The Gunman (2015)
The Gunman (2015)

Genre: Action Running Time: 1 hr. 55 min.

Release Date: March 20th, 2015 MPAA Rating: R

Director: Pierre Morel Actors: Sean Penn, Jasmine Trinca, Javier Bardem, Ray Winstone, Mark Rylance, Idris Elba, Peter Franzen, Rachel Lascar




he music swells, the dialogue hushes, and the editing quickens, all signifying urgency from approaching danger. And then it happens. Nothing. Well, not quite nothing, but certainly less payoff than what is deserved from such a promising setup. These kinds of scenarios play out all too frequently in “The Gunman,” offering the audience a lot of anticipation and suspense with almost no catharsis. Though advertised as an action film, director Pierre Morel’s latest effort works best during the calms before the storms, where the momentum slows and outcomes haven’t become quite so predictable just yet. While actor Sean Penn clearly wishes to adopt the hard-nosed tough-guy roles that Liam Neeson has embraced, “The Gunman” simply doesn’t offer the earnest pursuits or pulse-pounding revenge required to meet that standard.

After assassinating a high-profile target in the Democratic Republic of Congo, sniper Jim Terrier (Sean Penn) is forced to flee the country and leave behind the love of his life, humanitarian aid worker Annie (Jasmine Trinca). After eight years pass, Jim believes his days of killing are long over. But when a hit squad attempts to murder him, he’s forced back into the game in an attempt to root out those responsible. Traveling to London, Barcelona, and more, Terrier must contact old allies and enemies alike in order to uncover a conspiracy that will reunite him with Annie and pit the duo against corrupt businessmen, skilled hunters, faceless powers, and a determined Interpol agent (Idris Elba).

Embellishment with humanitarian issues can’t alter “The Gunman’s” irreparably bland premise. Nearly every aspect of the project is utterly generic (as is the unfortunately appropriate, unbelievably boring title). The introduction shows an overly happy, unsuspecting couple receiving jealous glances from a third wheel, who then goes out of his way to separate them and make his move. Quite expectedly, time passes, grudges are held, desperate explanations are offered, characters succumb to forgotten passions, betrayals are hatched, evil deeds attract the attention of assassins, and the past catches up with the many rueful contract killers. The villains are painfully obvious, the double-crosses entirely predictable, and the action sequences somehow lacking in suspense. It’s as if Morel (“Taken,” “District B13,” “From Paris with Love”) was attempting to make the most stereotypical, uneventful, by-the-numbers actioner ever conceived – and succeeded.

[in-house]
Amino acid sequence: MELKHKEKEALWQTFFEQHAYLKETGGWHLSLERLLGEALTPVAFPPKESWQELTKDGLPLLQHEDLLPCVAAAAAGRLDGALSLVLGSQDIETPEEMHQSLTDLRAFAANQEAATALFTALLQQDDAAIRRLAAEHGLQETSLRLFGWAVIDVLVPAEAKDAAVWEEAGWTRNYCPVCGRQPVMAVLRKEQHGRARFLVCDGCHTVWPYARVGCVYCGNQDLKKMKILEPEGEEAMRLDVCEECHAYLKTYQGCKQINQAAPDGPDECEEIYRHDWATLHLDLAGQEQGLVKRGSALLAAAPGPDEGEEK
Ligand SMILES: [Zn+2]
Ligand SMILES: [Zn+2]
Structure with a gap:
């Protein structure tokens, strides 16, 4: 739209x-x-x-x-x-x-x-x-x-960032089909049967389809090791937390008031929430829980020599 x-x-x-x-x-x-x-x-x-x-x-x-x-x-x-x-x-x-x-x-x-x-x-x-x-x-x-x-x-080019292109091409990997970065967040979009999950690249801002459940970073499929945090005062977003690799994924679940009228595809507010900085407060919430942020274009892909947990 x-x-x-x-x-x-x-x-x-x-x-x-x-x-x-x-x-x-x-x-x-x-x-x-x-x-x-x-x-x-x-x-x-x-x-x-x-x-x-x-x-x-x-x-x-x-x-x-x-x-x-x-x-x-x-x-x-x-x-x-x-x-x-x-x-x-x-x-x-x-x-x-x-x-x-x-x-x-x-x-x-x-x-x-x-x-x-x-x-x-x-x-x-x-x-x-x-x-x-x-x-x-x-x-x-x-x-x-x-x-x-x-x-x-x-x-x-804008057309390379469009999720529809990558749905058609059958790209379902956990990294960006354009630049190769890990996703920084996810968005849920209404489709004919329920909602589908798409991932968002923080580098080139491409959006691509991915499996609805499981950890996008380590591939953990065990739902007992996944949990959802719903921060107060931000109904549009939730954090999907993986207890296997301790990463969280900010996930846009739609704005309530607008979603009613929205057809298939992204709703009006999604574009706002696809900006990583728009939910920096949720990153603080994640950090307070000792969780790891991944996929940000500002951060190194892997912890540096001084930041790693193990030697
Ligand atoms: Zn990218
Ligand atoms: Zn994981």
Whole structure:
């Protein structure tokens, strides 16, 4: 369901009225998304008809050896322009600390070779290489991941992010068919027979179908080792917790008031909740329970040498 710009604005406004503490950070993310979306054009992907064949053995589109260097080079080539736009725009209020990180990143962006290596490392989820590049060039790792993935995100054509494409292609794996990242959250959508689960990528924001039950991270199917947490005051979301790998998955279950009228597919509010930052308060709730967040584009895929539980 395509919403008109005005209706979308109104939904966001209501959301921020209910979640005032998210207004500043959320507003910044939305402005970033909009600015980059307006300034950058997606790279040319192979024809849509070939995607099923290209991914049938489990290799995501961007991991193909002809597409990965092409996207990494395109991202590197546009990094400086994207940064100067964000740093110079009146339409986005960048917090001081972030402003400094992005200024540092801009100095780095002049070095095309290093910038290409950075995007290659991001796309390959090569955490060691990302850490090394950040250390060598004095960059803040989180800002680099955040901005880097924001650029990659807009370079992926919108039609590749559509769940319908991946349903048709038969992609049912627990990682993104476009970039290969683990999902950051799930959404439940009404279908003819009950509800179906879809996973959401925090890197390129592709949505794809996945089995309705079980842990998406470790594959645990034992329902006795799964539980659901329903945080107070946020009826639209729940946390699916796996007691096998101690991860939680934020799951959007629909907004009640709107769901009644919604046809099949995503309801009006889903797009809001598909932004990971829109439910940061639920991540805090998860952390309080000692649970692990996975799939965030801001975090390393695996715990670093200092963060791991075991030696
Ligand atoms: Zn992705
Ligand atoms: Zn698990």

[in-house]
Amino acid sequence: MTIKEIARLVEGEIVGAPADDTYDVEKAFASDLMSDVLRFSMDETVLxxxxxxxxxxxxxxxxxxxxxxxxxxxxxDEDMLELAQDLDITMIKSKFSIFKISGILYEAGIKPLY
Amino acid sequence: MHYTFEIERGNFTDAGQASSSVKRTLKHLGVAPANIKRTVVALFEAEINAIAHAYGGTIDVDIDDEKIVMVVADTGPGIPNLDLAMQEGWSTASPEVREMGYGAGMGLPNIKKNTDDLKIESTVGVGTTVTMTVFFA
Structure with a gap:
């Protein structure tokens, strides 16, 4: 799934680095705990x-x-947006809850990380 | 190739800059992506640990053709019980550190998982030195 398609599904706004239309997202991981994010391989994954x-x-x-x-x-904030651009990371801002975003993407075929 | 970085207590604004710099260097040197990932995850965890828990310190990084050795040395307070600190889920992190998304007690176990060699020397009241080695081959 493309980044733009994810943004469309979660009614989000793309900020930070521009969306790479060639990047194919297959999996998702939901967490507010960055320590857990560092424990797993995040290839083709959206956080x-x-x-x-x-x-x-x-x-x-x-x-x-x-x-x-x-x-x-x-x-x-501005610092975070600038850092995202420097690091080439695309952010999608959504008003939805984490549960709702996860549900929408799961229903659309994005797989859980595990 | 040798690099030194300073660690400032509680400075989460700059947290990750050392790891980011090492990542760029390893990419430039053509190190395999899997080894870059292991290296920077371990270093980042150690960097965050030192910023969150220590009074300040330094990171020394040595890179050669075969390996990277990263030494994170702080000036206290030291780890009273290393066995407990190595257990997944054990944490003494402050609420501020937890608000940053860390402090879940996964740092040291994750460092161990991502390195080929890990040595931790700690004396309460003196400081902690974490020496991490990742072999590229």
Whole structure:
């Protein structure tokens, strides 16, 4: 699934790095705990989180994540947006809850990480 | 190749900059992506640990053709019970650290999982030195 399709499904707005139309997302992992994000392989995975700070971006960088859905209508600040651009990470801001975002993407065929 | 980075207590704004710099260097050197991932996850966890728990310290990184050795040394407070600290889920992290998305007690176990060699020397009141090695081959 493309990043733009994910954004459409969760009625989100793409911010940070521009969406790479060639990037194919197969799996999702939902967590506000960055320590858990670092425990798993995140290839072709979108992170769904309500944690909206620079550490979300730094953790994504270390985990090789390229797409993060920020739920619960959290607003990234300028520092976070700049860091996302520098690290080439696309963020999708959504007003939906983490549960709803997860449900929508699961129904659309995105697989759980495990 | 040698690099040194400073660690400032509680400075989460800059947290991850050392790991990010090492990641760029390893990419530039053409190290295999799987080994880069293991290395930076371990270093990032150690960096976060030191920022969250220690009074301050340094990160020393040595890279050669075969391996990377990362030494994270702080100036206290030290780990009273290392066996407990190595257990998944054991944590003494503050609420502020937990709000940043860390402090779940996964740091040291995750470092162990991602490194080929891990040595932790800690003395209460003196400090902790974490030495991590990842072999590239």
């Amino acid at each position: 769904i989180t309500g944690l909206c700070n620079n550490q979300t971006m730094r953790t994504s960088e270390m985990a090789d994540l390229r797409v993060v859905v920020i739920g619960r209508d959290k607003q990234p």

“I need to find out who wants me dead.” One of the major components that hurts the picture is Sean Penn, who possesses no personality or charisma. He goes through the motions of being an action hero, but never seems comfortable in the role. He’s certainly no Liam Neeson (which is, quite obviously, what Penn was aiming for). And “The Gunman,” with a slower pacing along the lines of “The American,” pressingly needs a star who can support an entire movie alone. As a result, the romance is forgettable, the motives are dull, and the shootouts devoid of genuineness; Terrier is never really in danger. Meanwhile, the plot itself features a sloppy hostage scenario, a sloppy negotiation, a sloppy handoff, and an even sloppier climax. It all leads to one of the most uninspired endings of any production, confirming the rumor that “The Gunman” is merely a vanity piece for Penn, who was hoping to jumpstart – or reinvent – his career as an action heavy.

– The Massie Twins

  • 3/10